4. Chopper (2000) Directed by Andrew Domminick

Chopper (2000)

This is up there with David Lynch’s “Eraserhead” and Terence Malick’s “Badlands” as quite possibly one of the most borderline flawless debut films ever made.

A biopic on the life of times of Melbourne criminal, standover man and hitman Mark “Chopper” Read, this is as ballistic and utterly unapologetic as cinema can get. Again, like “Romper Stomper”, there is a moral grey area to this film as to whether it glamourises or damns its subject matter. The non-objective point of view may be an issue for some viewers. However, the sheer conviction of the filmmaker is what really makes this fly. Want to be excited about cinema again? Check this out!

It also was a major launching pad for actor Eric Bana. Stacking on the pounds De Niro-style, he inhabits this rather unique character body, mind and soul.

Domminick has since gone on to direct “The Assassination Of Jesse James By The Coward Robert Ford” and “Killing Them Softly”. Three for three! Cannot wait to see what this guy does next!!!

 

3. Animal Kingdom (2010) Directed by David Michod

animal-kingdom

A crime film set in Melbourne, it looks at a family of criminals, one that specialise in bank robberies. Subtle, penetrating and emotionally affecting like only a handful of crime films manage to be, it also features great turns from both Ben Mendolsohn and Jackie Weaver.

This was the film that made a lot of industry types in America sit up and take notice. Subsequently, we’ve seen Mendolsohn in Derek Cianfrance’s “The Place Beyond The Pines” and Christopher Nolan’s “The Dark Knight Rises”. Jackie Weaver got an Oscar nomination for her remarkable work in this film.

 

2. Mad Max (1979) Directed by George Miller

Mad Max (1979)

This is one of the films that put Australian cinema on the map. Set ‘not too far from now’, this depicts Australia as a nation out of control, where the gangs have taken over the street and the police are the absolute last line of defence.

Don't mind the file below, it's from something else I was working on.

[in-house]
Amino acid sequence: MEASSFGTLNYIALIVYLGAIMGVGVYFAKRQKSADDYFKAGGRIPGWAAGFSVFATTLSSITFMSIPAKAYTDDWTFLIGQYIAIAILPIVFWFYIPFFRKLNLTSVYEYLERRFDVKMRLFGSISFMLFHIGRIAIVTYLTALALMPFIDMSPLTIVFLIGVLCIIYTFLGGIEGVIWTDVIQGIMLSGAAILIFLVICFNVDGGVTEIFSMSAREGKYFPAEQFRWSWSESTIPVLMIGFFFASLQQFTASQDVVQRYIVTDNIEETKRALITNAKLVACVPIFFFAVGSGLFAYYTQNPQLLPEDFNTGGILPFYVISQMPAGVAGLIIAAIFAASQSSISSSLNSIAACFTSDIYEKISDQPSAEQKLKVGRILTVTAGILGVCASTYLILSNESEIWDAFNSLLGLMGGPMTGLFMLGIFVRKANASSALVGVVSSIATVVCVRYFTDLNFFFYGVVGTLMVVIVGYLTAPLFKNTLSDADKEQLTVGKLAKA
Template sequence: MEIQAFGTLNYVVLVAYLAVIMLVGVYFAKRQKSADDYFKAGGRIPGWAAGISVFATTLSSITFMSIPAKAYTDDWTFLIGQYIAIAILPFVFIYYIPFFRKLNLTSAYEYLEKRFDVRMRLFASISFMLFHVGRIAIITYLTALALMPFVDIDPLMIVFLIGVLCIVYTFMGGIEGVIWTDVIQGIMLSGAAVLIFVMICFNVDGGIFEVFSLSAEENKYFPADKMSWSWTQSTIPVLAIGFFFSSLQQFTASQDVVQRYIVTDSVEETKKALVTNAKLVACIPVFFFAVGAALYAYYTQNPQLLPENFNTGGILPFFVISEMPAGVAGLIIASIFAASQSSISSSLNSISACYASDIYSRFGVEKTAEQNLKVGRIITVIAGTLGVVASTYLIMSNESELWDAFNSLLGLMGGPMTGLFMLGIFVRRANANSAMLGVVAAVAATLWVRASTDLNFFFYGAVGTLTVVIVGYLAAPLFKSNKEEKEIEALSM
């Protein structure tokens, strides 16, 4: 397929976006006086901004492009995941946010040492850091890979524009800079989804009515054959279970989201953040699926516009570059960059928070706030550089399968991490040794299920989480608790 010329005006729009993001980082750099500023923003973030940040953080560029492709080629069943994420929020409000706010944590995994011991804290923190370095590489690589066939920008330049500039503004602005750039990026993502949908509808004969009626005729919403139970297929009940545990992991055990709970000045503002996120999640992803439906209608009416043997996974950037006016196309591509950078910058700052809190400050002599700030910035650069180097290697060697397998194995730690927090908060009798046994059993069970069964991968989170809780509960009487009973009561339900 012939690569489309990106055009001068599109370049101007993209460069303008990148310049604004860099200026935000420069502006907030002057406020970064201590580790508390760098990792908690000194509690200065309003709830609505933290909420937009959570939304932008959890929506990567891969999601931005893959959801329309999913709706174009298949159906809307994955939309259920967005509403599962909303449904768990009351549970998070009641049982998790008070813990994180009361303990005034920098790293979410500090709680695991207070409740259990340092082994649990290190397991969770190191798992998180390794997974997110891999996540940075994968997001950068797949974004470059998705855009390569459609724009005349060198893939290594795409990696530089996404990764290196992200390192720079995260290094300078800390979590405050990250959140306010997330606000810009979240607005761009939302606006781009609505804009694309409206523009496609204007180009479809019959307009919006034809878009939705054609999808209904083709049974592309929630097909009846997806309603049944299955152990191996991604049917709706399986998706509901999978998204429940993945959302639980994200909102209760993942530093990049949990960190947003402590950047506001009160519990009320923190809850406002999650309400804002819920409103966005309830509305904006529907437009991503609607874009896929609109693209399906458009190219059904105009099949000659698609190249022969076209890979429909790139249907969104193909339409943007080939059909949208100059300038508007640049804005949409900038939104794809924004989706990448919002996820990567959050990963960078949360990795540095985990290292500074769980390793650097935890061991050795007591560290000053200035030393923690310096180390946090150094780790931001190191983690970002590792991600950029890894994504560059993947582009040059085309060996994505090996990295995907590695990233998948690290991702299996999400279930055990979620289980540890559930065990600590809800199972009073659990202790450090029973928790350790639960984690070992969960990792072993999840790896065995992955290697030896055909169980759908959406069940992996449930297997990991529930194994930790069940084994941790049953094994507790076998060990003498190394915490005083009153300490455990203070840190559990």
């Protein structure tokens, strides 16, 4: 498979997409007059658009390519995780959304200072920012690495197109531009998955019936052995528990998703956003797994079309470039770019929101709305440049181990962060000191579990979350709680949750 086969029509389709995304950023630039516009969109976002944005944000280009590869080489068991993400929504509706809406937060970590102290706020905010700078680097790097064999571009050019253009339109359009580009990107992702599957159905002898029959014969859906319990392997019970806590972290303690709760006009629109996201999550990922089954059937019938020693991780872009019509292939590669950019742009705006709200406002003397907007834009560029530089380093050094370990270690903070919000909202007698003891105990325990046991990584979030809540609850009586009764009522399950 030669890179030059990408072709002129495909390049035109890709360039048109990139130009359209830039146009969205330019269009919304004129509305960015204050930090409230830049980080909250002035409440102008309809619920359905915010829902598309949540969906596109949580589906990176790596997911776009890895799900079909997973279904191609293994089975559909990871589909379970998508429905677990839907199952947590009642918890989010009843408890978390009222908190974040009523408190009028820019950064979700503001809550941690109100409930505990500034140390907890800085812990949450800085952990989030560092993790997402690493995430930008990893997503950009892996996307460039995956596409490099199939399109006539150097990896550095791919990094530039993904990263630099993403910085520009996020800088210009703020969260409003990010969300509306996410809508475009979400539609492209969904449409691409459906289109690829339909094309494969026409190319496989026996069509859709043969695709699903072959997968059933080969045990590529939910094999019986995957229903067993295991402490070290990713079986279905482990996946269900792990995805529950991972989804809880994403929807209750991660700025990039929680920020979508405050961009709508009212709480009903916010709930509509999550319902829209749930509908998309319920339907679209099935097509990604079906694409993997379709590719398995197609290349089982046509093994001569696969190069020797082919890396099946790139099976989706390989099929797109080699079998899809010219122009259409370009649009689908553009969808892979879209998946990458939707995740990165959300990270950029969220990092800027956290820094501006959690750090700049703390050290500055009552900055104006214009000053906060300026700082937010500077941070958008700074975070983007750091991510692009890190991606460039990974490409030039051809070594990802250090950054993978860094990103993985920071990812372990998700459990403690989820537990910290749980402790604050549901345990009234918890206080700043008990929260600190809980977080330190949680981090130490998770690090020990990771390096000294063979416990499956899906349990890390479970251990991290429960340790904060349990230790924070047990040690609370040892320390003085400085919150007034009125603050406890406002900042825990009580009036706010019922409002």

An almost baby faced Mel Gibson stars as Max, a cop who, through the course of the film, is pushed to the absolute edge of his being by a series of devastating events on a personal level. The vengeance and fury this releases is something that will make you take a few steps back, such is its anger and venom! Featuring some spectacular stunt work and a rich character/writing balance, this is an exceptional film.

It was followed in 1981 by an even better sequel, “Mad Max 2 (AKA The Road Warrior), and a so-so third part in 1985, “Mad Max: Beyond Thunderdome”.

“Mad Max 2” features, in my opinion, one of the best car chases ever committed to film. It’s the twenty minute or so sequence towards the end, filmed in Broken Hill in New South Wales. One of my Top 5 film car chases of all time!

Next year, a fourth film, “Mad Max: Fury Road”, starring Tom Hardy, will be released. The legend of Max will never say die so it seems!

 

1. Wake In Fright (AKA Outback) (1971) Directed by Ted Kotcheff

Wake In Fright

A British schoolteacher, teaching in the middle of the Australian outback, becomes physically, financially and spiritually broken by the world around him as he tries to get a train for his six week holiday break from the past year of living and working in the middle of nowhere.

Directed by Canadian Ted Kotcheff, “Wake In Fright” holds up an all-too real mirror to the ugly, racist and misogynist elements of Australian culture and life. Featuring some great performances from Jack Thompson and, in particular, Donald Pleasance, this is as raw and unflinching as cinema can get.

Thought to be lost for many, many years, a restored print was struck a few years ago and has been shown all around the world.

Author Bio: Neil is a journalist, labourer, forklift and truck driver. In a previous life, he was a projectionist for ten years. He is a lifelong student of cinema.